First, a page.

I can't imagine getting that much money for one chore! We did everything from laundry to garbage to dishes to dusting, etc.
We got money from time to time for really excellent grades or doing all the chores without getting reminded.
My parents went with the philosophy that the kids should already be behaving awesomely, so they should really only be rewarded with $$$ for going above and beyond.
I turned out fine. :) ...I swear...

Rach (DonutsMama) said...

I was the kid that never had to do chores. And now I wish I was made to. I think each member of the family should contribute--w/o being paid. We're all part of the same household and should all pitch in. We will give Donut an allowance though to teach her about money and budgeting.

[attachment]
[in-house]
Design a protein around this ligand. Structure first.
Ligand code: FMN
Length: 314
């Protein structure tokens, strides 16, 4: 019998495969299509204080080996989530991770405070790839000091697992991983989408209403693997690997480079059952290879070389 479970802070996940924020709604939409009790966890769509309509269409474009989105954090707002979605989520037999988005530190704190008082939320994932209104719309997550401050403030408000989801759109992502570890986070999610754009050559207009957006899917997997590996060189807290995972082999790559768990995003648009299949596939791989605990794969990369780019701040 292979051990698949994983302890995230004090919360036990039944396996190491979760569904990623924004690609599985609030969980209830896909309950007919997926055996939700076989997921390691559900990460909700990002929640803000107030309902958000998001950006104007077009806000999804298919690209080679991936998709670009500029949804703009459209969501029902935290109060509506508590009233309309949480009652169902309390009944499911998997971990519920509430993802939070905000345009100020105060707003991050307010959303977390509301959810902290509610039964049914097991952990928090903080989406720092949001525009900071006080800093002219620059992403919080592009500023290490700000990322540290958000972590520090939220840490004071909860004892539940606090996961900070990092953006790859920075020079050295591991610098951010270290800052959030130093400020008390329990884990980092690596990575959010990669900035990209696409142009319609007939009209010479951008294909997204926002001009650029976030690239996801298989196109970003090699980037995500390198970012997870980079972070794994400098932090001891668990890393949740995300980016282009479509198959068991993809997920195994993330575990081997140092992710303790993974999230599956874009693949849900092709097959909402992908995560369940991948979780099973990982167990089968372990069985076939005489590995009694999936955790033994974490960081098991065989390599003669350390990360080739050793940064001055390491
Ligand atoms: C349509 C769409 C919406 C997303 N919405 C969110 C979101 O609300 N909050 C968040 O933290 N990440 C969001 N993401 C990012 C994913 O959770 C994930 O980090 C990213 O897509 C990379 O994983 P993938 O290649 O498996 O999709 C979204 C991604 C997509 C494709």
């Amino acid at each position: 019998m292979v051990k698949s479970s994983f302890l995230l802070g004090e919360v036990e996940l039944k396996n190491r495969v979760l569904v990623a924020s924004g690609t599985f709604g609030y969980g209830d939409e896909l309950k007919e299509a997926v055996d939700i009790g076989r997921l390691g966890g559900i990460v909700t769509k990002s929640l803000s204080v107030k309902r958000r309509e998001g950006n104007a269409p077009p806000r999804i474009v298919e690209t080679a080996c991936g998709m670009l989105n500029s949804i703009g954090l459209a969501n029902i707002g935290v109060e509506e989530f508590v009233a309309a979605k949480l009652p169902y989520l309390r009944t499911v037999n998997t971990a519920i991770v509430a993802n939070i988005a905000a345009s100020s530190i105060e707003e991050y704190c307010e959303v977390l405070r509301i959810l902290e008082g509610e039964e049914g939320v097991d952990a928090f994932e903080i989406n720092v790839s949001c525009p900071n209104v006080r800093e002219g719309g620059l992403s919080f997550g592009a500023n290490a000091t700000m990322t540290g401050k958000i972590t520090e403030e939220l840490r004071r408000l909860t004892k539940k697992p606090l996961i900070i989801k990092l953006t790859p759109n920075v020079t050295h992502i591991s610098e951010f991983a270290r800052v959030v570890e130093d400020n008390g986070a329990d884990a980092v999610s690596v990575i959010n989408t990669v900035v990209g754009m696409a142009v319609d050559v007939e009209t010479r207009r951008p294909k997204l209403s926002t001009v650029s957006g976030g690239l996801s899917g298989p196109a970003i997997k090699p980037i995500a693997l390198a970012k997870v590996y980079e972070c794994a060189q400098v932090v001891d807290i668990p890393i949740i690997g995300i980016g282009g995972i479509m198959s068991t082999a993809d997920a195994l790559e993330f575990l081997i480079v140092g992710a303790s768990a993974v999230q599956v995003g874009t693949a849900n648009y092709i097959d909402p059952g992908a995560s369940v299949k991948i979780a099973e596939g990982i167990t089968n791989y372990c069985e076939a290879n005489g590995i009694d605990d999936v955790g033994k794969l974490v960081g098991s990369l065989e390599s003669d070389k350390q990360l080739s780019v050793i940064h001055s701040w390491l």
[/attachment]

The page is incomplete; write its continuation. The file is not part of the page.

Aleta said...

For a while we were paid for doing our chores, then it was "responsibility" not a payment. Instead, we were told to go into the real world and find out about taxes. Lol.

I think 10 a week is a good amount, but as well as 1 dollar towards the church, take out another dollar for taxes (and put it in a savings account for you child) or something of that nature.

Amanda @ It's Blogworthy said...

I got money for grades! But when we were growing up, grades were hands down the most important things we were doing. That was our "job". I honestly didn't have an "allowance" but I do think it's important. We'll give Luke allowance for sure, and have set chores for him.

Shell said...

Hmmm, I haven't even thought about it yet, but now you've got me thinking!

kathryn said...